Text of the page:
World Refugee Day, held on June 20th of every year, is a time when the resilience, determination and strength of the millions of displaced individuals in the world is honoured. Whilst we believe that the agency of refugees should be emphasised every day of the year, we would nevertheless like to use this opportunity to honour some of the individuals we met during our time in Jordan.
There is often a misconception of refugees as victims who passively suffer from the challenges of life in displacement. The difficult circumstances that refugees face in displacement can certainly not be denied, but there is more to the life of a refugee than despair and powerlessness. In Jordan, we met some Syrian refugees whose strength and determination inspire us all. In the Zaatari refugee camp, we were especially impressed by the spirit of innovation that Syrian refugees are often associated with. Flourishing local initiatives, such as family-run, community supermarkets, are demonstrations of the strength of this population, who have decided to take steps towards overcoming the challenges of displacement, maintaining their dignity and utilizing their agency amidst the harsh environment that was forced upon them.
Some encounters with inspiring individuals are clear examples of this sense of resiliency. For instance, during our time in Zaatari, thirteen-year-old Louay’s timid curiosity of our presence allowed us to share special moments together. He first approached us asking what we were doing there, before warmly taking us to his family and his new home. He even operated the camera several times. Throughout our conversations with Louay, we were astounded by the manner in which he took on the relentless challenges and changes occurring in his and his family’s life. His inspiring energy also rubbed off on those around him, establishing with his family a different level of happiness and togetherness (or ‘aassabiyya’, in the words of Ibn Khaldoun) in circumstances that are often normalised, but never normal as such. In the days we spent with Louay and the days we have spoken to him since, a sense of companionship and mutual friendship has grown between us. Sharing experiences with Louay, one of the millions of children displaced around the world, is humbling. Perhaps there is some merit in research that deconstructs the concept of an ‘idealised childhood’. Spending time with Louay, it felt like we were standing on the shoulder of a giant; a young, ‘child’ giant. Anything said about Louay, or any other person for that matter, would not do justice to who he is. On this World Refugee Day, learningfrom Louay and of Louay is the least we can do. As a project, we are committed to challenging misconceptions surrounding refugees, and this understanding and appreciation of the complexity of the life of a school-aged refugee child, such as Louay, is the premise from which the following phases of the project is based upon.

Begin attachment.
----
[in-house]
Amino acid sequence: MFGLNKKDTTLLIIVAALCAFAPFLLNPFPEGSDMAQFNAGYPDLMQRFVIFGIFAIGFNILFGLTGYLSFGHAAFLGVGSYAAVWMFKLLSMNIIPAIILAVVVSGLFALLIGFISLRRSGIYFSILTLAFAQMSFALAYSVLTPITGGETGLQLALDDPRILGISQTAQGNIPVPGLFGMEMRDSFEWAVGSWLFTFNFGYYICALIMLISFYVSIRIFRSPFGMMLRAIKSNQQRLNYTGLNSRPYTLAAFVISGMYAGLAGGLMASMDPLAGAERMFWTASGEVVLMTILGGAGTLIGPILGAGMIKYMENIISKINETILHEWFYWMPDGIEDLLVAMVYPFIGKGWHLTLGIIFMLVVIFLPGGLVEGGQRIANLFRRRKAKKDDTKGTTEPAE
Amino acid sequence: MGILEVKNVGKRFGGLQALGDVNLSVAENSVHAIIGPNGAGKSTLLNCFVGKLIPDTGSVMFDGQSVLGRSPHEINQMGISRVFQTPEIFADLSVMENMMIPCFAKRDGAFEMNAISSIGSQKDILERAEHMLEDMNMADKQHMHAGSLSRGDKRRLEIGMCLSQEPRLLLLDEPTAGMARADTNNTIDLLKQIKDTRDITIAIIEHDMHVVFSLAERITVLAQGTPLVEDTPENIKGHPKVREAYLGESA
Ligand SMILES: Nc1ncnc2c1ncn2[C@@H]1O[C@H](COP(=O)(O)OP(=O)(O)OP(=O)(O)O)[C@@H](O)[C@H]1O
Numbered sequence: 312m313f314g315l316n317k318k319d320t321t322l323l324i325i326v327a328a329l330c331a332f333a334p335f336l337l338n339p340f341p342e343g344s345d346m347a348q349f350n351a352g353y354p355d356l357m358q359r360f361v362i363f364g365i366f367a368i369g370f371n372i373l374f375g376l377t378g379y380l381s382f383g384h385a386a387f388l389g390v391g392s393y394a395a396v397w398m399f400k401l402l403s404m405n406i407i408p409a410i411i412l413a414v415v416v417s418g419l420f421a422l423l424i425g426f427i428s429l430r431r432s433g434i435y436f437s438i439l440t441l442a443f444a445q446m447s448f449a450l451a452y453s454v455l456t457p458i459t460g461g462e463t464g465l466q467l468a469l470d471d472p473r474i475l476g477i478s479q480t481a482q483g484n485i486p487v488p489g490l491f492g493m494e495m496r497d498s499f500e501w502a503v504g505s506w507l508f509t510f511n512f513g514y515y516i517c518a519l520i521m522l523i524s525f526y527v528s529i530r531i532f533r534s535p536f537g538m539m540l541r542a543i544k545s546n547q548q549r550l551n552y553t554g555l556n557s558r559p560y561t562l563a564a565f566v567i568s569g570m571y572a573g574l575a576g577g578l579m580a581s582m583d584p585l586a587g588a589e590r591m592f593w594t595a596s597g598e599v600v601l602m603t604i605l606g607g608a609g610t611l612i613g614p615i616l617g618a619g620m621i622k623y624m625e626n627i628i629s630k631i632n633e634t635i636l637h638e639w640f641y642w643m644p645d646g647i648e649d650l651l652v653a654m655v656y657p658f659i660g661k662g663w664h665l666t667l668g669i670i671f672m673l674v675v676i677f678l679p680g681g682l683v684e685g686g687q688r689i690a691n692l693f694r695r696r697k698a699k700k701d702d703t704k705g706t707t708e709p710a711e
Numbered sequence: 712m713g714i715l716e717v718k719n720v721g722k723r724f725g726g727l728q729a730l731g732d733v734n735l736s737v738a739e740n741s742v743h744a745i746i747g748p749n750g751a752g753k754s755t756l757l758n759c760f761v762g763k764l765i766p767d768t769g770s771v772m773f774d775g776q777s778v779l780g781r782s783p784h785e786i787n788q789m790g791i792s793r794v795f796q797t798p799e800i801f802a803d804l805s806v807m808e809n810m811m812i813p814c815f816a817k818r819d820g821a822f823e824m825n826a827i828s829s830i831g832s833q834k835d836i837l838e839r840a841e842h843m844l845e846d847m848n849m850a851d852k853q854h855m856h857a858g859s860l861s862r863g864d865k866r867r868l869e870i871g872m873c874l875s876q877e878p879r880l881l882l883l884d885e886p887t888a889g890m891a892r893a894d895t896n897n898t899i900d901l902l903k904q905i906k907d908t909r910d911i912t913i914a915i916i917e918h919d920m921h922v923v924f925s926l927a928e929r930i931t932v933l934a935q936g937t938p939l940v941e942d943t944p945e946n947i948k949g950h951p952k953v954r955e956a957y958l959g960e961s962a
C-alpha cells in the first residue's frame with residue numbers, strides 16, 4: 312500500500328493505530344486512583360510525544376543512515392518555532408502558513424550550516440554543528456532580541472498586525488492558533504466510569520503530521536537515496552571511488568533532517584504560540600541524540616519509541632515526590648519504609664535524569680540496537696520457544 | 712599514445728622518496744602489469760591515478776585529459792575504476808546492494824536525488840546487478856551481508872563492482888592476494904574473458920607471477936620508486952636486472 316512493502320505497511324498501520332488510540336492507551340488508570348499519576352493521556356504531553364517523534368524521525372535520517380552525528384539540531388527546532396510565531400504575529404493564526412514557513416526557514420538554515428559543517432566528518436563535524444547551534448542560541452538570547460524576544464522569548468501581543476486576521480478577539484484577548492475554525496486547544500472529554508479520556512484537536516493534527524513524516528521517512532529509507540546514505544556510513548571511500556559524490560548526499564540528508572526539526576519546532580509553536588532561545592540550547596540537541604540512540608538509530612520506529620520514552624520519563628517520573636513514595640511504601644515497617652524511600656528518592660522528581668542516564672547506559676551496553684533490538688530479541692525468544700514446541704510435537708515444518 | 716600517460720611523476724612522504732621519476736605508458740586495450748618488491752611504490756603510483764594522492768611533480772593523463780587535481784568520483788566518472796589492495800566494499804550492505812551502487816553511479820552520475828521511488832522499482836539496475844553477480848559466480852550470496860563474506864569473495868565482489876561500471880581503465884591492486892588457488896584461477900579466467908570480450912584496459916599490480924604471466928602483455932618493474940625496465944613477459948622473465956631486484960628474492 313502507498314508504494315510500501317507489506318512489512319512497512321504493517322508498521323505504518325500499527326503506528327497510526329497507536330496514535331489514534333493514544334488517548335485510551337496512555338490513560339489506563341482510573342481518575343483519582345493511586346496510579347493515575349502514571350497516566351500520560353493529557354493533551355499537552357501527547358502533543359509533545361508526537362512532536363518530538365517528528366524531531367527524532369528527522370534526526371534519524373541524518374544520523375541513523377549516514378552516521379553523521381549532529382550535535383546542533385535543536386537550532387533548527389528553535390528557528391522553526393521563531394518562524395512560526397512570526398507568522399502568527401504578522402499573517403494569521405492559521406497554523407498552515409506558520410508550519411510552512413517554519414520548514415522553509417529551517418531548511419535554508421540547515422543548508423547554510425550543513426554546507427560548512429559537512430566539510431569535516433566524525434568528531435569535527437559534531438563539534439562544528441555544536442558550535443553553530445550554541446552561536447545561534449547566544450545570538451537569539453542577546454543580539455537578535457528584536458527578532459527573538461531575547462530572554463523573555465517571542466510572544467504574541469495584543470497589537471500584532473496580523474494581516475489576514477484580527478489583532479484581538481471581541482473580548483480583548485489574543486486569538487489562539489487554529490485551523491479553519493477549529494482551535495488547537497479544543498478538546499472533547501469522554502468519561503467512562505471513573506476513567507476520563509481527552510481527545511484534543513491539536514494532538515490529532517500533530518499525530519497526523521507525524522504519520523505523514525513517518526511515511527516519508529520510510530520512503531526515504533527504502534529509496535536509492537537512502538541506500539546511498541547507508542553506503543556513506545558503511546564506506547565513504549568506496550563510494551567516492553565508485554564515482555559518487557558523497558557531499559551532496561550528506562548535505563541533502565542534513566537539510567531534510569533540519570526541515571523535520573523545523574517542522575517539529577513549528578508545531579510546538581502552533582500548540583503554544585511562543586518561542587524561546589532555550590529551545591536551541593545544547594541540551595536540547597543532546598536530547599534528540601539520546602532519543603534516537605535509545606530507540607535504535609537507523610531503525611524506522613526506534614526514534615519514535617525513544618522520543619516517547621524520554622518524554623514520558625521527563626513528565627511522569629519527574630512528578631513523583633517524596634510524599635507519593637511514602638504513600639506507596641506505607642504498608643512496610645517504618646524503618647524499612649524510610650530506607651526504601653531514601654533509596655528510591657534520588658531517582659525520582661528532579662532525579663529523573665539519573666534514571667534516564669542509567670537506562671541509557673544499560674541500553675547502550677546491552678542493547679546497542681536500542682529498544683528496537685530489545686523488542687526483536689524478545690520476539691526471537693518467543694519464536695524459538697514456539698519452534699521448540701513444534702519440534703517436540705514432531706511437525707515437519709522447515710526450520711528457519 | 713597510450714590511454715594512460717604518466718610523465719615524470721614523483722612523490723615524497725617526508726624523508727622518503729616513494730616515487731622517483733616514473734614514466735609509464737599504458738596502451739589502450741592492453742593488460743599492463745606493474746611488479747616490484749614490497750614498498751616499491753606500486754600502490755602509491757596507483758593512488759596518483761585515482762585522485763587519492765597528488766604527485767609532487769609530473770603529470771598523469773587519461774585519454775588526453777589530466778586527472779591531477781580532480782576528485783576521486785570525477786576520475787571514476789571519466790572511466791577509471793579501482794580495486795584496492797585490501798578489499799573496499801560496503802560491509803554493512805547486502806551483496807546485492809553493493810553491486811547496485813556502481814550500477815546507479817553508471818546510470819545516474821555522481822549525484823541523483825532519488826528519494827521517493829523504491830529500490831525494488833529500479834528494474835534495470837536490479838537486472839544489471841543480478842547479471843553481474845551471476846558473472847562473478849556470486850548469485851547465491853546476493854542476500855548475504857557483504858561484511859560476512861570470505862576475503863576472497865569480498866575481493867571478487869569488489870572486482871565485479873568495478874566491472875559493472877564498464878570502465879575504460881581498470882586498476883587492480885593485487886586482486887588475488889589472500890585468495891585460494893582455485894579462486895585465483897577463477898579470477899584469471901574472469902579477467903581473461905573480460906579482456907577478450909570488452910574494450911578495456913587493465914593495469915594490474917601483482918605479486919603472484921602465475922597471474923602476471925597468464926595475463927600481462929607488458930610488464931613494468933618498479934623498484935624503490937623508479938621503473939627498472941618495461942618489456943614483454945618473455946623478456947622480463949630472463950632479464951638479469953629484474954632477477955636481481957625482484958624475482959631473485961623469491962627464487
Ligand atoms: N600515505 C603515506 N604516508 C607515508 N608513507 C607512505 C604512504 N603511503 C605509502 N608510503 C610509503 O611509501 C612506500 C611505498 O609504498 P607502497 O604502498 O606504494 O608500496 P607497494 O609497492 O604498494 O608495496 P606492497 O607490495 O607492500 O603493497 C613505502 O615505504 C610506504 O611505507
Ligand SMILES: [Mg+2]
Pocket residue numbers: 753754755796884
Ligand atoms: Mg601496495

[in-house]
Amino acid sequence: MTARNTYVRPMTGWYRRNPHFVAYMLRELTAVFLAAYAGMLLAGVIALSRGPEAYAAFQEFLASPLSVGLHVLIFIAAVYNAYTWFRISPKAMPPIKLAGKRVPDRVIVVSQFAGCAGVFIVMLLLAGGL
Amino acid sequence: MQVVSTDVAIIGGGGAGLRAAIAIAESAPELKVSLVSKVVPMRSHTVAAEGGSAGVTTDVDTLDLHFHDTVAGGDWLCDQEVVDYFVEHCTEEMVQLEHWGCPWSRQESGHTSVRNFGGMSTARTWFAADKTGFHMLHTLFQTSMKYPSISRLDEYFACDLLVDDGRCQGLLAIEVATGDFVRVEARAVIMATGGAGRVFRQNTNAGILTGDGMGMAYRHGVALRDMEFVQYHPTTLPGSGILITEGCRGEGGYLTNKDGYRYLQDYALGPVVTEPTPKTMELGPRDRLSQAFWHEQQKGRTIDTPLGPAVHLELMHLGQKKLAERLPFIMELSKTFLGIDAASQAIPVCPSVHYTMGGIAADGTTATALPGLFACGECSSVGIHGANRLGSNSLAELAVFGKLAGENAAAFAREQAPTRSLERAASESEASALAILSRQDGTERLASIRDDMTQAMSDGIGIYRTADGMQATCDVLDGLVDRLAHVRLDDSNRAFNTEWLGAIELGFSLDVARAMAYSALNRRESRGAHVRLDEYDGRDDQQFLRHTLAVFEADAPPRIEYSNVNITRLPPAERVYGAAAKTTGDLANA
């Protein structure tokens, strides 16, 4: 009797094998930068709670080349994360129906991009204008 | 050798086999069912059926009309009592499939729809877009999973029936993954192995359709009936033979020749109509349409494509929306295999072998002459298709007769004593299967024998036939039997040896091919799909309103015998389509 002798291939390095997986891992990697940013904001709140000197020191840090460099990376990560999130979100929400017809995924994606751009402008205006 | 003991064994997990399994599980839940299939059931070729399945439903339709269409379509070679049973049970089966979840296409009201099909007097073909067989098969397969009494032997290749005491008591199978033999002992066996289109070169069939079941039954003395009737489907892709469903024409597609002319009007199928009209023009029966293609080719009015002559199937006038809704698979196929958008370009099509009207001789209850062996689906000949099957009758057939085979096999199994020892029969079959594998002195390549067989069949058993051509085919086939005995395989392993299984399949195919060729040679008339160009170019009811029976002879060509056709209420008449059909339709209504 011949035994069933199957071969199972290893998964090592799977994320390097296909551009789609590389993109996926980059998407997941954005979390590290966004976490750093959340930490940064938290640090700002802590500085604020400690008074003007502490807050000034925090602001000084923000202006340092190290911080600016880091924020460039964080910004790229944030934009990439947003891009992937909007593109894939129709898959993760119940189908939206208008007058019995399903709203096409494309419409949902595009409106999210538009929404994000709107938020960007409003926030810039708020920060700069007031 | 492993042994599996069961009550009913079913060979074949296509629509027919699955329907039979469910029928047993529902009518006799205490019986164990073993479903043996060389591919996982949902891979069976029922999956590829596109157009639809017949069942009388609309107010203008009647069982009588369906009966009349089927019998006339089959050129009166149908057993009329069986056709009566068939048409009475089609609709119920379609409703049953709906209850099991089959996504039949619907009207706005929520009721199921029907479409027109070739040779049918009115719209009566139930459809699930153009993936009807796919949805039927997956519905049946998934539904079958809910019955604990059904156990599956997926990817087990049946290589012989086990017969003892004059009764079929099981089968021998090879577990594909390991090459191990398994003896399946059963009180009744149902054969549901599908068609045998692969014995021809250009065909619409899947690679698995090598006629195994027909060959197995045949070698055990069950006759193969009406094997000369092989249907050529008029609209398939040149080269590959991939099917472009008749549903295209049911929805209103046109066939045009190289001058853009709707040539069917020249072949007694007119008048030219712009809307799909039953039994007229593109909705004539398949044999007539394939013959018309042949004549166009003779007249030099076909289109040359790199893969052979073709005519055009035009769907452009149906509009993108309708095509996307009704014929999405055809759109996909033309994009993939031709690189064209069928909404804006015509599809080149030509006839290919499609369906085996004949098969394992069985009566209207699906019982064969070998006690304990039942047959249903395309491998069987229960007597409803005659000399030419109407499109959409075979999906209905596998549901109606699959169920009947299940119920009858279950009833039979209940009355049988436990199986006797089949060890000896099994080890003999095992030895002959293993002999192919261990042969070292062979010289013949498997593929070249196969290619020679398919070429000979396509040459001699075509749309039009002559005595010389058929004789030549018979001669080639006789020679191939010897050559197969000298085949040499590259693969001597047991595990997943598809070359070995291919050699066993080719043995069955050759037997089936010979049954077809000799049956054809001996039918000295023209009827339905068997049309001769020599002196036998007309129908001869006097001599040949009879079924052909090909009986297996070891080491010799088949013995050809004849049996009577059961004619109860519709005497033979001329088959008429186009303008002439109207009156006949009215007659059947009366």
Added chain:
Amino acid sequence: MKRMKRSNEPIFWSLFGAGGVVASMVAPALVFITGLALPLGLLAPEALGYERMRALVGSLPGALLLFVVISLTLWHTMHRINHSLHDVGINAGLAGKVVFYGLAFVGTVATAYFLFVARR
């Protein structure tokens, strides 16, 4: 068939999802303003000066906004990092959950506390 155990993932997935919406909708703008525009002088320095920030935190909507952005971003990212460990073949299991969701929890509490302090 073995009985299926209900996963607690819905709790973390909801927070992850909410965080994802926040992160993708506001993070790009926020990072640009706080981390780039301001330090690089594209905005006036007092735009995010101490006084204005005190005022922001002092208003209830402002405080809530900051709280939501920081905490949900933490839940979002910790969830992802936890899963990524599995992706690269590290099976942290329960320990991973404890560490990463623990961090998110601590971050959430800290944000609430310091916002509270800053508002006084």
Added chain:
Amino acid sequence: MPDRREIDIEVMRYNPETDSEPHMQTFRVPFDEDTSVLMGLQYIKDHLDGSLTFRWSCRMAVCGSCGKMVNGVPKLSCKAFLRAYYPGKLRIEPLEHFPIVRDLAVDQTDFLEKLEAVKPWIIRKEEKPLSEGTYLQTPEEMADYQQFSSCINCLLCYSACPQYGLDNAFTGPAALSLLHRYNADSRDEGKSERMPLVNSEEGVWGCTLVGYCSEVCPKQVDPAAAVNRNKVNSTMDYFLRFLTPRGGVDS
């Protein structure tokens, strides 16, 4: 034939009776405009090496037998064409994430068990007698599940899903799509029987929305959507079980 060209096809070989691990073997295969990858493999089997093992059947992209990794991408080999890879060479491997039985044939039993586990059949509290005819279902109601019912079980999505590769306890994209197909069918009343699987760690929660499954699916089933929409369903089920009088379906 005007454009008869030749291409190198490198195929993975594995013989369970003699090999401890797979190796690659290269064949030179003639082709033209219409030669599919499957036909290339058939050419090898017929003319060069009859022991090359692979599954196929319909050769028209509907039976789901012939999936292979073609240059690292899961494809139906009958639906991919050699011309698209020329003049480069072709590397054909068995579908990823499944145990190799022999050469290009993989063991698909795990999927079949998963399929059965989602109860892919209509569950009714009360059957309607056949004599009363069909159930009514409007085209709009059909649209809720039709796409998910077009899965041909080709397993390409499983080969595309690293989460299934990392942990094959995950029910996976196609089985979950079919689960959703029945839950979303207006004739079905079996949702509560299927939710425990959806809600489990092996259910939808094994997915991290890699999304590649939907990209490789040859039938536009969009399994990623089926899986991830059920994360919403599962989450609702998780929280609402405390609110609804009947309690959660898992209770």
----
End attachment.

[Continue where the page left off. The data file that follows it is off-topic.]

Finally, on this World Refugee Day, it is very meaningful for our team to honour the strength and resiliency of Syrian refugees, but we would also like to mention and acknowledge the millions of individuals living in displacement in places such as South Sudan, Central African Republic, Palestine, Tibet, Western Sahara and many other contexts. Now, and always, we offer our thoughts and empathy.